Andros, the second biggest Cycladic island after Naxos in Greece, extends over a surface of 374km2 and is only two hours away from the port of Rafina, and not much further from Athens. It is a northern-situated island which has a great sailing tradition and fantastic landscapes with rocky coasts, mountain ranges alternating with abundantly flowing streams and flowered plains.
The island is full of secrets that are only waiting for you to discover them. Among them are the lighthouse of Fassa, the numerous and charming old watermills, the village of Ano Korthio, the strait between Tinos and Andros, or even witnessing spring in Pythara. Island hopping in the Cyclades is a wonderful occasion for you to discover those secret treasures that the archipelago has to offer to those daring exploring it.
The houses of its capital, Hora, are a witness of a subtle combination of medieval, neoclassical and traditional style. Its remarkable churches, museums, small shops, cafes and restaurants will ravish you if you wih to dive into the greek culture. The Frankish castle from the 13th century, which was built on a smaller island linked to Andros, is a must see as well. If you enjoyed visiting the castle, you might as well appreciate the architecture of the monasteries of Zoodóchos Piyí, and Panayia Tomarhiani.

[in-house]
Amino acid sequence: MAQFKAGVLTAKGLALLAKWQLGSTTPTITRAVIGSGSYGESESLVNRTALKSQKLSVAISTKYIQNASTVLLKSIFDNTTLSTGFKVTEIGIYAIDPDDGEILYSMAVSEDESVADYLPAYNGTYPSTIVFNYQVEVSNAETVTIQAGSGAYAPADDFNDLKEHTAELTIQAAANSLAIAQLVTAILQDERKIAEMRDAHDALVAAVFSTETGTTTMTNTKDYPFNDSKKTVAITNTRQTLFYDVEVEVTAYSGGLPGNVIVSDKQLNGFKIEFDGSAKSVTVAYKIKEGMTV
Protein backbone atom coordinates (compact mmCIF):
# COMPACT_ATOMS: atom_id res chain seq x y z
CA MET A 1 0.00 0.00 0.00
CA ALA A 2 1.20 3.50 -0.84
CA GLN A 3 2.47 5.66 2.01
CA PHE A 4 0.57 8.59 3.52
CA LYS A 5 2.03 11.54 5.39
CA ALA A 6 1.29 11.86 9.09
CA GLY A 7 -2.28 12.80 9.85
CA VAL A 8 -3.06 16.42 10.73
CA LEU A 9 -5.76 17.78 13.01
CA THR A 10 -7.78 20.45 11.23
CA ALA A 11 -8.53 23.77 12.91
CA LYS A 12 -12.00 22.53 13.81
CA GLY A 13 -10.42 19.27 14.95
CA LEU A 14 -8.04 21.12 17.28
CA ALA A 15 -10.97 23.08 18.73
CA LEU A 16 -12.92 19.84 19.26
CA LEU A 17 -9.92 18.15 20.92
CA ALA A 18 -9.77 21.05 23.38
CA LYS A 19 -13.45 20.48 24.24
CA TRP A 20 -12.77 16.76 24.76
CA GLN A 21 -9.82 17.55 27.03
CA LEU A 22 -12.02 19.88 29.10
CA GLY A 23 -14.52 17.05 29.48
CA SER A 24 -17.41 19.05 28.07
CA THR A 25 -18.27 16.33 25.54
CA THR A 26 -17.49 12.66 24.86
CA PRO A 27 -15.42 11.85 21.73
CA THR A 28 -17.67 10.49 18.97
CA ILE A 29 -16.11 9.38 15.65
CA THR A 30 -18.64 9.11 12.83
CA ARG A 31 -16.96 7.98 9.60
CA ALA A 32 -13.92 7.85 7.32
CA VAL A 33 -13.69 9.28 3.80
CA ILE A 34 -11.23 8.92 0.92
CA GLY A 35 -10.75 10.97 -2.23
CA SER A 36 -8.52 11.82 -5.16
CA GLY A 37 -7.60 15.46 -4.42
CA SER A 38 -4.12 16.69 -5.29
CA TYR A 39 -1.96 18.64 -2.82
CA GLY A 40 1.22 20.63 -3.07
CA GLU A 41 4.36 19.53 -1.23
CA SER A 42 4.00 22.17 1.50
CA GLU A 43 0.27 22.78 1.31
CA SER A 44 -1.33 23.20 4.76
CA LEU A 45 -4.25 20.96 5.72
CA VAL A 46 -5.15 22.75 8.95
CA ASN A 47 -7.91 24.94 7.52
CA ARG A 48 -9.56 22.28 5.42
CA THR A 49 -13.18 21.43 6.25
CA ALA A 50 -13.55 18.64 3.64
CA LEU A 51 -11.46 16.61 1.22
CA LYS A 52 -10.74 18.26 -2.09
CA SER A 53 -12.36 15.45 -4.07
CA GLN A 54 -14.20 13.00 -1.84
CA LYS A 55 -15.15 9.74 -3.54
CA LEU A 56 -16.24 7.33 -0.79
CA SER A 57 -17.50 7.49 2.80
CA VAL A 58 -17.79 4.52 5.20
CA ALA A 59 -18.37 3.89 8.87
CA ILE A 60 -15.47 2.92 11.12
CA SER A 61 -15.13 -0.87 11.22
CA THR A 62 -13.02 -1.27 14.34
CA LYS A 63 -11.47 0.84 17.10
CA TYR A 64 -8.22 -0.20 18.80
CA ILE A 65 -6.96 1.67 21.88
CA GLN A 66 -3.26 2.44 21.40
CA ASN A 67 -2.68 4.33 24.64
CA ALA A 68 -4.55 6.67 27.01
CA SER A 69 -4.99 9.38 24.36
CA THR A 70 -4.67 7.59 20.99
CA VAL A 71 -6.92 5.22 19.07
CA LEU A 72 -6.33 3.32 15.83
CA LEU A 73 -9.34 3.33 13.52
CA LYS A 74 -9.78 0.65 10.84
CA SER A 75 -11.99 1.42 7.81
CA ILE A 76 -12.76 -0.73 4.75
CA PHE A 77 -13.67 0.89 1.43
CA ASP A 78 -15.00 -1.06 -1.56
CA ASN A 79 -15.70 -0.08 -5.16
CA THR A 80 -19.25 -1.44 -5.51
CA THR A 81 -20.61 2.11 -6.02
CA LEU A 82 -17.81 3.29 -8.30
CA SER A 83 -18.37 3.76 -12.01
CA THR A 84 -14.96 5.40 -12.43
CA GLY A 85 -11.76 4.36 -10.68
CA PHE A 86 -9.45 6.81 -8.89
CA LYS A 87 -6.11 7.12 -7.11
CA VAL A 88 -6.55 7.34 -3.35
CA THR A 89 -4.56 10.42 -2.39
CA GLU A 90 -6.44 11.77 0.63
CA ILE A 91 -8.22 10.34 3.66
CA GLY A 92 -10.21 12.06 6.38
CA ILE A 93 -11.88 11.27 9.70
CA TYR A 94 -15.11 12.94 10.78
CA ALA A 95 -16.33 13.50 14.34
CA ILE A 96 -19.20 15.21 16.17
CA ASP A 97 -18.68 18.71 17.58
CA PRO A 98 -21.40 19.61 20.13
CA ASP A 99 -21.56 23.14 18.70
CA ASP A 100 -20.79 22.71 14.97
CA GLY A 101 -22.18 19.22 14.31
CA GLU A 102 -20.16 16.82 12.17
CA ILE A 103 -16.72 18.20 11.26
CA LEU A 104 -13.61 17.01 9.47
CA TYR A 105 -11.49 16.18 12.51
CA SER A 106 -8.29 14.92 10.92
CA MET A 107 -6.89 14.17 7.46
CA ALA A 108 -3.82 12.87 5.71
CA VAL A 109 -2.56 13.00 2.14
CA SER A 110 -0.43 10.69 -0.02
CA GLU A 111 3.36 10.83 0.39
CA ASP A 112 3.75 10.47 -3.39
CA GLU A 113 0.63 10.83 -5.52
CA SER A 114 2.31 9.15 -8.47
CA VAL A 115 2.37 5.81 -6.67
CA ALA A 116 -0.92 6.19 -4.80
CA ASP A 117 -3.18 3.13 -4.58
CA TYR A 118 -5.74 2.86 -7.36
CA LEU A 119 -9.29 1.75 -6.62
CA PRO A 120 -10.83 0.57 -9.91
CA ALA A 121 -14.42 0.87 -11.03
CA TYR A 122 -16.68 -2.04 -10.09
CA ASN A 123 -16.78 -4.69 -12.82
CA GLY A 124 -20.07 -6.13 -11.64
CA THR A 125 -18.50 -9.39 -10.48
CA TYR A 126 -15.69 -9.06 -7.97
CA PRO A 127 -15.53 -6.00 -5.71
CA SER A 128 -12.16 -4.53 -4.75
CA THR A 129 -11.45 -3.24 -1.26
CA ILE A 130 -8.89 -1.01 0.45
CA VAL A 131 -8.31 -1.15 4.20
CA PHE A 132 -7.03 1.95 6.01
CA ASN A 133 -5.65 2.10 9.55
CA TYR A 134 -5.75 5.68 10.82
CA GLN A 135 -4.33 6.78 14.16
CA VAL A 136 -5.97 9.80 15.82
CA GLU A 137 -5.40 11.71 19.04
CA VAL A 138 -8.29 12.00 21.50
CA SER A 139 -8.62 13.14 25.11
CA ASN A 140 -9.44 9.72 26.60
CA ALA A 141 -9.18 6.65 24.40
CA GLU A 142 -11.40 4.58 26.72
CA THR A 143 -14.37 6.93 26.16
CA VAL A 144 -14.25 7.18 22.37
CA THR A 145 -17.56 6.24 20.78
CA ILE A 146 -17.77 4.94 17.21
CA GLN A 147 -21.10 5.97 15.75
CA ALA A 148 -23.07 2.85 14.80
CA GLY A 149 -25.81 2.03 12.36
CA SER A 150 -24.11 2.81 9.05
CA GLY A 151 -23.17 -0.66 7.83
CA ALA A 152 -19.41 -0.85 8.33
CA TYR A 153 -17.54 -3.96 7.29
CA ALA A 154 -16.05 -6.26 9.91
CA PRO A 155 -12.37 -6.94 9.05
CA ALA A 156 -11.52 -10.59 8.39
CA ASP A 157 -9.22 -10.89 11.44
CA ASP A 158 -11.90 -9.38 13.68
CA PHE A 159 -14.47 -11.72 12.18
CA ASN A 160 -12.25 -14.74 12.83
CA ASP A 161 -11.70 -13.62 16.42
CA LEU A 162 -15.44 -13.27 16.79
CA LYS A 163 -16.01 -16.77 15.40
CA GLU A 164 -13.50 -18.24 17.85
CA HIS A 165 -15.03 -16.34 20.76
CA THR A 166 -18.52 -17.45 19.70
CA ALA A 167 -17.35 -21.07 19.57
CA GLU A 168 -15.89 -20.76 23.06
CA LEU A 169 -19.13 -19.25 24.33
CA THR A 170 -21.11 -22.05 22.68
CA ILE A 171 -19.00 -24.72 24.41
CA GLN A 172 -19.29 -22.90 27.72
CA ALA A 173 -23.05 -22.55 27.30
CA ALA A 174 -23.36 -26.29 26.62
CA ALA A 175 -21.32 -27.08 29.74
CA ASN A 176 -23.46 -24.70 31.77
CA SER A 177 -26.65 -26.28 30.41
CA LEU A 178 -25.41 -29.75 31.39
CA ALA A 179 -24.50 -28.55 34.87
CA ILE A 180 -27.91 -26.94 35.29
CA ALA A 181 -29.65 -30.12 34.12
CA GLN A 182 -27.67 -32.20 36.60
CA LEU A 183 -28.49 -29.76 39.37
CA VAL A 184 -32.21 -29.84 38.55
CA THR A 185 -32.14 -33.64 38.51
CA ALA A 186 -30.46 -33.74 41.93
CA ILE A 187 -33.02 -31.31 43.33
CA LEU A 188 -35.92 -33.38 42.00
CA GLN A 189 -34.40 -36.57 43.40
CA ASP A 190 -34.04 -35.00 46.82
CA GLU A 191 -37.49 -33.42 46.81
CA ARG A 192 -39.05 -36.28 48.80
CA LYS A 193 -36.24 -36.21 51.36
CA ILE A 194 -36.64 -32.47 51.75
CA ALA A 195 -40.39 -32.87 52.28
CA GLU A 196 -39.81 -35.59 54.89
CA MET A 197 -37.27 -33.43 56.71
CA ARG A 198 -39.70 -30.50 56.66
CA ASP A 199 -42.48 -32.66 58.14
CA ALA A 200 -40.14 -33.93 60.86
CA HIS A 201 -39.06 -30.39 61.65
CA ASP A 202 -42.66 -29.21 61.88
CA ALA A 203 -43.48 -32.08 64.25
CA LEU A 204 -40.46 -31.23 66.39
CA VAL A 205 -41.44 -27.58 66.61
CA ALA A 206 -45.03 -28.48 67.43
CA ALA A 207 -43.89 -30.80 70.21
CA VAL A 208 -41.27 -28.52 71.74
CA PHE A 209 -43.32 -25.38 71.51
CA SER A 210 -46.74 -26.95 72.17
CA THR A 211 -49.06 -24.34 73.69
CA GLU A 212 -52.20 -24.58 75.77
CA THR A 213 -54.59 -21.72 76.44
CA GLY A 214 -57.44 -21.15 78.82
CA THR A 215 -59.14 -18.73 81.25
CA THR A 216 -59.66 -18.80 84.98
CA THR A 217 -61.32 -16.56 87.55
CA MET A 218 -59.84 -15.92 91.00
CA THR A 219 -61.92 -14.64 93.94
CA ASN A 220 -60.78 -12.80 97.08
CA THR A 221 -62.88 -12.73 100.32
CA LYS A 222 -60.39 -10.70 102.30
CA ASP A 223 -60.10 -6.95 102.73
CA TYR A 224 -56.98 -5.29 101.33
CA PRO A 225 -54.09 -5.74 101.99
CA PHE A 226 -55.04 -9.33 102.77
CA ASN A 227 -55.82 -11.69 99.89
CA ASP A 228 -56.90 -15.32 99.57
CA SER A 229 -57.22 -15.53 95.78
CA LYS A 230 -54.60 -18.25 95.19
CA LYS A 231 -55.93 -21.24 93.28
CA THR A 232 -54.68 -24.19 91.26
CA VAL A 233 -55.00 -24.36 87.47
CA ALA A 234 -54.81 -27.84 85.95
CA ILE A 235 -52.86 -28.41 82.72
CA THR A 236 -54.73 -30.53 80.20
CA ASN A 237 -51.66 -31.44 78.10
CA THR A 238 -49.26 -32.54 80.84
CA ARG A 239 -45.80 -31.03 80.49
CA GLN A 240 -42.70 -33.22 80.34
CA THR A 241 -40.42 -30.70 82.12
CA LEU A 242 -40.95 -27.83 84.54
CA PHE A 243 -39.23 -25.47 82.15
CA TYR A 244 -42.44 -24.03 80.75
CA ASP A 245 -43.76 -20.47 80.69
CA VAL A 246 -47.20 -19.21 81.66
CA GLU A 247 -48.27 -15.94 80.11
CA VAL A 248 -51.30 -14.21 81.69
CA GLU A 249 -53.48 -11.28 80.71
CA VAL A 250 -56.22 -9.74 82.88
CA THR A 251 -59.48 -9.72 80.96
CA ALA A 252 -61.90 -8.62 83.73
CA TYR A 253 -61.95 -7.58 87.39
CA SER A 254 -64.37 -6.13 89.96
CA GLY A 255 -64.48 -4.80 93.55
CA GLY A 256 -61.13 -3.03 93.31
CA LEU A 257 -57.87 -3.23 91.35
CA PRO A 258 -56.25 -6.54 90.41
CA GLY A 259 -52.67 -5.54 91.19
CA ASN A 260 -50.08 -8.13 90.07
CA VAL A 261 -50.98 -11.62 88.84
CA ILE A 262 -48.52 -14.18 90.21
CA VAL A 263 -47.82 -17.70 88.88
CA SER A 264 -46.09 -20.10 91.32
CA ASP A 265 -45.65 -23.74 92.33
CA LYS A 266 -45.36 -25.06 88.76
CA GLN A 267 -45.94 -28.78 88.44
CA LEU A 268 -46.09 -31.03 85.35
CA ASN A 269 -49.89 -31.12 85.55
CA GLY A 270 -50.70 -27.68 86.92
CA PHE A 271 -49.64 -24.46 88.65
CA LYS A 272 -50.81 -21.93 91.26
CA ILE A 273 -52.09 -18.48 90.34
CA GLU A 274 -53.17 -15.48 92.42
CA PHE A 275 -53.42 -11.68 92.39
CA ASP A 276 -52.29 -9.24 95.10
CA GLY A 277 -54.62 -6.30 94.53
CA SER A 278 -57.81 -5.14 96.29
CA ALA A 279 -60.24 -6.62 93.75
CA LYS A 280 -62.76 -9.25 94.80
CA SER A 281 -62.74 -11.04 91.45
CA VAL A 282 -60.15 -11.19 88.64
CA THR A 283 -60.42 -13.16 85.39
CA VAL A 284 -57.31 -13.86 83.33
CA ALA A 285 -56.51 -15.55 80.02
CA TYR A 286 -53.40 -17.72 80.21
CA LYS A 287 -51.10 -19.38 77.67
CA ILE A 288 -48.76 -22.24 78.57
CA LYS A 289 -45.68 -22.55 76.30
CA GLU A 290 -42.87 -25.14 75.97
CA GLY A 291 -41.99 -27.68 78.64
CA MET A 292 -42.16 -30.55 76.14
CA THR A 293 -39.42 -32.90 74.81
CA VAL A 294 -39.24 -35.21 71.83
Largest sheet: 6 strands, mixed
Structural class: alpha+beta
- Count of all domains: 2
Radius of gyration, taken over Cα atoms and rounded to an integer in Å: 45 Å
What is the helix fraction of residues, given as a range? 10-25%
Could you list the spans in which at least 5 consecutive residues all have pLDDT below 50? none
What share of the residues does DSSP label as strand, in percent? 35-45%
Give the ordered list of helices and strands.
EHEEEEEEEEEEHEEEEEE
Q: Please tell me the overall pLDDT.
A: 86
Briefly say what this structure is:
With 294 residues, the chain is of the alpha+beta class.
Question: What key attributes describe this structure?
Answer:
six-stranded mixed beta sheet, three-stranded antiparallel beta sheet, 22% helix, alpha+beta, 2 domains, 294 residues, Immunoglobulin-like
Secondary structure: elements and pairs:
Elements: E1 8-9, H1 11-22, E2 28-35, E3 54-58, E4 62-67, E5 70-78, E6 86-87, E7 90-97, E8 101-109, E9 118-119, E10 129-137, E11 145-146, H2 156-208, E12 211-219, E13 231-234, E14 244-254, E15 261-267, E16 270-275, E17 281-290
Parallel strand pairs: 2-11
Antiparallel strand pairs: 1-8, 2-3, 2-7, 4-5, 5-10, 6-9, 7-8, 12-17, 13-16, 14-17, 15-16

Paleópolis, which used to be the capital of Andros, remained very influencial from the classical to the late roman times. The fortified settlement in the Neolithic times with hand paintings on the rocks representing animals, ships and linear designs never cease to fascinate our history-fans visitors.
The world-wide famous Museum of Modern Art, managed by the Vassilis and Eliza Goulandris Foundation, is the proud owner of wonderful collections of paintings and sculptures, whereas the archaeological museums in Hóra and Paleópolis represent the antique history of Andros. The Cyclades Olive Museum will allow you to know more about the pre-industrial, animal powered, olive oil producing unit in Greece.